Porcelain has a rich history in the palaces of emperors, castles of monarchs and in the modern home. Made up of a fine white clay, this type of ceramic is a sight in both traditional and contemporary form. Porcelain was first invented in China and is commonly known to have a 'paste-like-quality', which feels very tough and elastic in texture. It is deeply white in colour, almost translucent you could say. When working with such pure whiteness, it is important to make sure all surfaces are very clean. Here we explore the facets of porcelain and its ongoing legacy.
History of Porcelain
Porcelain dates back over 2,000 years and has been traced back to the Eastern Han Dynasty in China. During this time, Celadon, China's famous jade green glaze that was often found on porcelain, and was all the rage at the time. Its rise in popularity came with the art of tea drinking and grew from there.
Facts About Porcelain
You may think porcelain and fine china are one and the same, and while they have similar properties — both are porous and glass-like — their firing process sets them apart. Porcelain requires high heat, whilst fine china is softer in texture and fires at a lower temperature. It's good to note that porcelain is also more durable.
Porcelain in the Modern Home
In today's landscape, porcelain is used widely throughout the world. Ceramicists favour it for its delicate and versatile nature, as well as its ability to take on glaze in a unique way. Often used in tableware, jewellery, and decorative tiles, its sturdy nature means it is also commonly used in laboratory equipment and for electric insulation.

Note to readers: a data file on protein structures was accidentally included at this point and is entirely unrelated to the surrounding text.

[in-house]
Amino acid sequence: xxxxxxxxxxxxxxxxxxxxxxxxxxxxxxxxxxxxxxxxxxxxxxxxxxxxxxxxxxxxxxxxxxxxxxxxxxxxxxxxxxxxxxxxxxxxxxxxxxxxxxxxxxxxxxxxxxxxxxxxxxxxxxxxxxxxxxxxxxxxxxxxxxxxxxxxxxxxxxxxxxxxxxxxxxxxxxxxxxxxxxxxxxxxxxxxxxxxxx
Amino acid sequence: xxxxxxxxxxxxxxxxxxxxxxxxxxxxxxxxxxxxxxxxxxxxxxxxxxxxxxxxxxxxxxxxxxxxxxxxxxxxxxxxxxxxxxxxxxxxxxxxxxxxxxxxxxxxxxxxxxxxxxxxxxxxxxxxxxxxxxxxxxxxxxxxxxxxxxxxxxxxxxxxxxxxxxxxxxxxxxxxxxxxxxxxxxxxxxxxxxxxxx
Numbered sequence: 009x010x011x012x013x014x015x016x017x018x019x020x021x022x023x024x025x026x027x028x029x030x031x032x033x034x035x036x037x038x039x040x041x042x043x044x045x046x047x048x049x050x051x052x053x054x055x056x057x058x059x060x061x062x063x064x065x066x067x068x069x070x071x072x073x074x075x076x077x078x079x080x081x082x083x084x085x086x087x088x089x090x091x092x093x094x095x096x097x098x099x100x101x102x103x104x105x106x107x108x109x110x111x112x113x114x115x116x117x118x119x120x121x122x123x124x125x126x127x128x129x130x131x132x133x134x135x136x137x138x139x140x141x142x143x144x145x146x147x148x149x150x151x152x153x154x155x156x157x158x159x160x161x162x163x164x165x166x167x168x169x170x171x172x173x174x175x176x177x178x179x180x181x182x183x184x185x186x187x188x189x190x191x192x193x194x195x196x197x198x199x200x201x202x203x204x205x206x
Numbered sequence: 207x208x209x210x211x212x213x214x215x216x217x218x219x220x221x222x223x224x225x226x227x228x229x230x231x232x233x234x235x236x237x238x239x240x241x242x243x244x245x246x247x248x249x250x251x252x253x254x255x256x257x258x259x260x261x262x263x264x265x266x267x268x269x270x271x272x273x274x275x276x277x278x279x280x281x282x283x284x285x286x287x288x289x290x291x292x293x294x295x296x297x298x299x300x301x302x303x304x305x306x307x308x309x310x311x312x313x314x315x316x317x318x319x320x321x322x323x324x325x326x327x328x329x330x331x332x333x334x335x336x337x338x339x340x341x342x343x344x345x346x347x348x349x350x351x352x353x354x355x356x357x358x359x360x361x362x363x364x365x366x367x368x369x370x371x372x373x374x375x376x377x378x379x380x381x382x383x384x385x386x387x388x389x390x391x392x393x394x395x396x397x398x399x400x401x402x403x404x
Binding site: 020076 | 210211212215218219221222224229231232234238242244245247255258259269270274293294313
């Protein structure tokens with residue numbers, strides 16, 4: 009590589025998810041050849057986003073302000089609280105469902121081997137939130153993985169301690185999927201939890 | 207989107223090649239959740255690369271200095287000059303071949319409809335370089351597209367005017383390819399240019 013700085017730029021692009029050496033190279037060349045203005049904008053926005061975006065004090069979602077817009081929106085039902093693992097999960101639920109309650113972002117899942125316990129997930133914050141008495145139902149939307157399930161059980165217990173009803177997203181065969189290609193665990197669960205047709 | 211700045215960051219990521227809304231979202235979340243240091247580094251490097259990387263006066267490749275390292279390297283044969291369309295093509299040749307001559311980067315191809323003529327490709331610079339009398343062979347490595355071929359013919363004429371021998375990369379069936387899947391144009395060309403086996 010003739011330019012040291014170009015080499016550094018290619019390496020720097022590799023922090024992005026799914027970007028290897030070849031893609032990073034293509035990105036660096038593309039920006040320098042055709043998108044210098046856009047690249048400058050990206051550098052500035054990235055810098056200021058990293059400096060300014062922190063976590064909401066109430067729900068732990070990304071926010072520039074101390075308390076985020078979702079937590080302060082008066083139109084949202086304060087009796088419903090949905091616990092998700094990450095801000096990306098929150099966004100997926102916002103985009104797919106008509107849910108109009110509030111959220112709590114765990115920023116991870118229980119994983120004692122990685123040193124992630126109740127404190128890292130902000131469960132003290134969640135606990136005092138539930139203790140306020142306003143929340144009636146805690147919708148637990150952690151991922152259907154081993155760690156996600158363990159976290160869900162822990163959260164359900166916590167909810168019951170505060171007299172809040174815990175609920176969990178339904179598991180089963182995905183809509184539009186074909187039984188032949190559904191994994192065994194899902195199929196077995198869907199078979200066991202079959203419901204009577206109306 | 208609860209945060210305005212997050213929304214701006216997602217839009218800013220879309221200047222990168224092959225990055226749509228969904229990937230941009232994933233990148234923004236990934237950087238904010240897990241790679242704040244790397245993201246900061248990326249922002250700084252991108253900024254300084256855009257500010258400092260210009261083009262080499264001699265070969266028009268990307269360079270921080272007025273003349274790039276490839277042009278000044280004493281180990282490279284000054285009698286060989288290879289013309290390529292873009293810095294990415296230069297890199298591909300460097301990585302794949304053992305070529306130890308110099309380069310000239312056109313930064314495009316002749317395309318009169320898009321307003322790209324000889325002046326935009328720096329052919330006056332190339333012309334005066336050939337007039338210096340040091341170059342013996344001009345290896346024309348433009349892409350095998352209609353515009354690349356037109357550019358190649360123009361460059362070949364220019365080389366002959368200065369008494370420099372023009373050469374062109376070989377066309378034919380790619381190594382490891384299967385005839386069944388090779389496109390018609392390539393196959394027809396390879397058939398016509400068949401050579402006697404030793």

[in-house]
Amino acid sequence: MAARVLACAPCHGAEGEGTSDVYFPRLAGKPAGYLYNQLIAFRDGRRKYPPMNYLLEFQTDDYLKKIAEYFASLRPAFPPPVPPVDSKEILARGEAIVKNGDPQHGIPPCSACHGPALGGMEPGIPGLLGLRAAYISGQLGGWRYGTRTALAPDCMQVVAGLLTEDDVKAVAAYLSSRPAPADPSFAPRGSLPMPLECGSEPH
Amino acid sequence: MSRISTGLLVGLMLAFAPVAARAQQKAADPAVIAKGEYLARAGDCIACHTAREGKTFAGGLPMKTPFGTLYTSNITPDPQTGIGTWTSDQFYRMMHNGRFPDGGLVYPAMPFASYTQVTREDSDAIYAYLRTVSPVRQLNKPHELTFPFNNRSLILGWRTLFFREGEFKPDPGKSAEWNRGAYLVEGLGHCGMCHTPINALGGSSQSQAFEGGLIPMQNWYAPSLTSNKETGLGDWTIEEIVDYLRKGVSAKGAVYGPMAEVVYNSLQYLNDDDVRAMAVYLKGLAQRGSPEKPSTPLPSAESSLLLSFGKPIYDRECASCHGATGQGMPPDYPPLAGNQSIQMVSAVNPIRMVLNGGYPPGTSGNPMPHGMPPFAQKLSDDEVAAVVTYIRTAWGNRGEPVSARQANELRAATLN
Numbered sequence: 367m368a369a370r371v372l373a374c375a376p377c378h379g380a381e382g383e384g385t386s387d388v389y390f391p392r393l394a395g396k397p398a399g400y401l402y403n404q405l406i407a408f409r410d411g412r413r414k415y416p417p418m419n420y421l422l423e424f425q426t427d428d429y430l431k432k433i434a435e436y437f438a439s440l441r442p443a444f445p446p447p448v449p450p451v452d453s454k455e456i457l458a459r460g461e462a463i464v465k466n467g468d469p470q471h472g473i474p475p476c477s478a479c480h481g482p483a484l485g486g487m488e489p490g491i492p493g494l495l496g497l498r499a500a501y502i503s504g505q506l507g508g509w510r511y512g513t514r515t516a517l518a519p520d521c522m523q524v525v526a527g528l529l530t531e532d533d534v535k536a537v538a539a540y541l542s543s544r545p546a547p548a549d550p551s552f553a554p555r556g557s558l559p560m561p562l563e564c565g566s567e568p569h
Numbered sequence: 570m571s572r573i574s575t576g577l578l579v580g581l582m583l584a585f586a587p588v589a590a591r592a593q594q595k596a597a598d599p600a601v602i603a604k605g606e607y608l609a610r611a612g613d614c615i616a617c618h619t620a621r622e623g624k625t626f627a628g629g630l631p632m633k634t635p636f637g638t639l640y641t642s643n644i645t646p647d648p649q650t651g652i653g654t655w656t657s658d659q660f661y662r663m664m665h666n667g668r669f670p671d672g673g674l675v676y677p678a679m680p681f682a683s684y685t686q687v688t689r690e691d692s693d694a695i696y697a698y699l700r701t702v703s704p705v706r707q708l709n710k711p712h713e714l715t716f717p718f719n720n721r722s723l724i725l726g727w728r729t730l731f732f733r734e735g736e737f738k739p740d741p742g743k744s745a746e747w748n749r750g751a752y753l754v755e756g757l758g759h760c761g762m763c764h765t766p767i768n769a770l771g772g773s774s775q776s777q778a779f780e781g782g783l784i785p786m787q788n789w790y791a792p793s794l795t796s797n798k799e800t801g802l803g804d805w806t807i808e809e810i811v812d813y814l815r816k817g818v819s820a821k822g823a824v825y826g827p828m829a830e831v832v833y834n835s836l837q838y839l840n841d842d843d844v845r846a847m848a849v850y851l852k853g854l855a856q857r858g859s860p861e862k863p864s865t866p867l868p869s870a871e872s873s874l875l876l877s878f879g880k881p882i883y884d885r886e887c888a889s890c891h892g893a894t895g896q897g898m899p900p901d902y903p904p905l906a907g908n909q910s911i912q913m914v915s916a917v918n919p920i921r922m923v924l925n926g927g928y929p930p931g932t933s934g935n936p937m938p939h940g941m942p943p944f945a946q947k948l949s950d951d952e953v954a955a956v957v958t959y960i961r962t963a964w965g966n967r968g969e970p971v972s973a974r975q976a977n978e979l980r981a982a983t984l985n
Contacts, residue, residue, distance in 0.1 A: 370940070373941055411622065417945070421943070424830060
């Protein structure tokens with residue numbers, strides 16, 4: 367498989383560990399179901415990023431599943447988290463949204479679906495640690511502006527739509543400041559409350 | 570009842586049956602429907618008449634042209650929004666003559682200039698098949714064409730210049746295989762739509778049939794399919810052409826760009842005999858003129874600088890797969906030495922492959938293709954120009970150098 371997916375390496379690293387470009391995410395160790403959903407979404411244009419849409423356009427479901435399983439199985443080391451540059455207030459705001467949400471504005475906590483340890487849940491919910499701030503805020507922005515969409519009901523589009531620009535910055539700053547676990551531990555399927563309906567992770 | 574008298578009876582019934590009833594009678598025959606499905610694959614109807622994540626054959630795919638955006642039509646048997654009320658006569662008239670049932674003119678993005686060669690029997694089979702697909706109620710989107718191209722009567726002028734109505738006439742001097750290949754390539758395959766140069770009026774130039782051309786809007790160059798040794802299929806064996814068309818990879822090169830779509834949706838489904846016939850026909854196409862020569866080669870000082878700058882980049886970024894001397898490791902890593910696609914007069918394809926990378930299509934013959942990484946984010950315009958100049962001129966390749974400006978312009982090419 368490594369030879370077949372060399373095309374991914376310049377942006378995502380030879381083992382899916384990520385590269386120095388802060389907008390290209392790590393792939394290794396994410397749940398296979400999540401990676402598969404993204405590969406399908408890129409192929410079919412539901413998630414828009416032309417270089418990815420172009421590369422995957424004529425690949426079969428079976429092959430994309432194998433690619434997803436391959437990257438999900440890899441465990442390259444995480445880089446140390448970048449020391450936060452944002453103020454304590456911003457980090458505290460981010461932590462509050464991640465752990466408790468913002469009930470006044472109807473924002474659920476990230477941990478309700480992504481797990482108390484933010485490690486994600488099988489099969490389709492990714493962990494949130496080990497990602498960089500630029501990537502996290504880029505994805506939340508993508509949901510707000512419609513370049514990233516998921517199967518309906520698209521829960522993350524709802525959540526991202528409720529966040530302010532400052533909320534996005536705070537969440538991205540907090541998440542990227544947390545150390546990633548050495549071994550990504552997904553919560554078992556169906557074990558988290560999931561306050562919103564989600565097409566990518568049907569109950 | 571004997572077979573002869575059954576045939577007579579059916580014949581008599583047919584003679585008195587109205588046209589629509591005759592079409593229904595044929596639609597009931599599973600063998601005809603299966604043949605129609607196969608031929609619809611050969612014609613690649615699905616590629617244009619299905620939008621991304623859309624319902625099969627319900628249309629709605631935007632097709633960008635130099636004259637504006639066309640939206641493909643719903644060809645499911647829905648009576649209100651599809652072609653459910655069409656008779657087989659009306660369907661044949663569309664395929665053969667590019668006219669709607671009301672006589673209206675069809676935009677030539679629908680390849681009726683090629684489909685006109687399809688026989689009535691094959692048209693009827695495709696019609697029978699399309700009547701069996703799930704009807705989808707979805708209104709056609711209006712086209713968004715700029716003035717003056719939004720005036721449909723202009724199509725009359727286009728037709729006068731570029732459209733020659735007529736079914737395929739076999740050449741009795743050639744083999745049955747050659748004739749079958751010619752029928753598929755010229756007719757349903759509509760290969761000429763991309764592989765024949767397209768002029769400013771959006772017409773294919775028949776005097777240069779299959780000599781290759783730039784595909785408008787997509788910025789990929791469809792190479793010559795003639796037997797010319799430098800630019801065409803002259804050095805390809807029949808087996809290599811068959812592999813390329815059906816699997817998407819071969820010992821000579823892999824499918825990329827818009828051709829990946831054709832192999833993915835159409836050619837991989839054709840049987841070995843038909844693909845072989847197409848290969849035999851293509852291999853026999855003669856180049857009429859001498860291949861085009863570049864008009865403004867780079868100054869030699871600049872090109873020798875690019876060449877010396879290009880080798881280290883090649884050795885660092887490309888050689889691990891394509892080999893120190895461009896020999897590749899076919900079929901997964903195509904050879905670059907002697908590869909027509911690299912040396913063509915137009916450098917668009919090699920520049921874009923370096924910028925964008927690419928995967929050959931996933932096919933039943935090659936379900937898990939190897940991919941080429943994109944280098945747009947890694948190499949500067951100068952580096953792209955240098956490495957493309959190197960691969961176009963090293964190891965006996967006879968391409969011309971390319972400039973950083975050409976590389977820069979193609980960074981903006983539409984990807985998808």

While marble countertops have reigned supreme for many years, porcelain offers far more benefits. It's a dense material that is glazed, making water-resistant, stain-resistant and isn't as likely to fade over time. A clean freak's dream, unlike marble, it won't soak up stains or become etched with acidic liquids.
Classic porcelain plates are garnished in blue and depict sweeping landscapes. Modern interpretations have explored new realms of colours, motifs and still pay homage to century-old techniques. If it were up to us, both styles have a place in every home.
The porcelain garden stool was a fixture for drinking tea outdoors and playing board games. Almost regal in nature, its intricate drawings often display life in motion and nature flourishing. In modern times, more minimal approaches are favoured, and it is often used as a side table or a decorative pedestal.
The porcelain vase is iconic for its elaborate shapes and patterns. Its traditional hourglass shape with wide top has been replaced by more organic, natural curves. More in keeping with modern homes, though the beauty of handcrafted artistry remains.
Porcelain door knobs and drawer pulls offer an old-world elegance to all it touches. Refined and often with minimal decoration, you can create an intriguing flow by using mismatched designs throughout the home. A perfect example of an old-world design choice that has been elevated for modern spaces.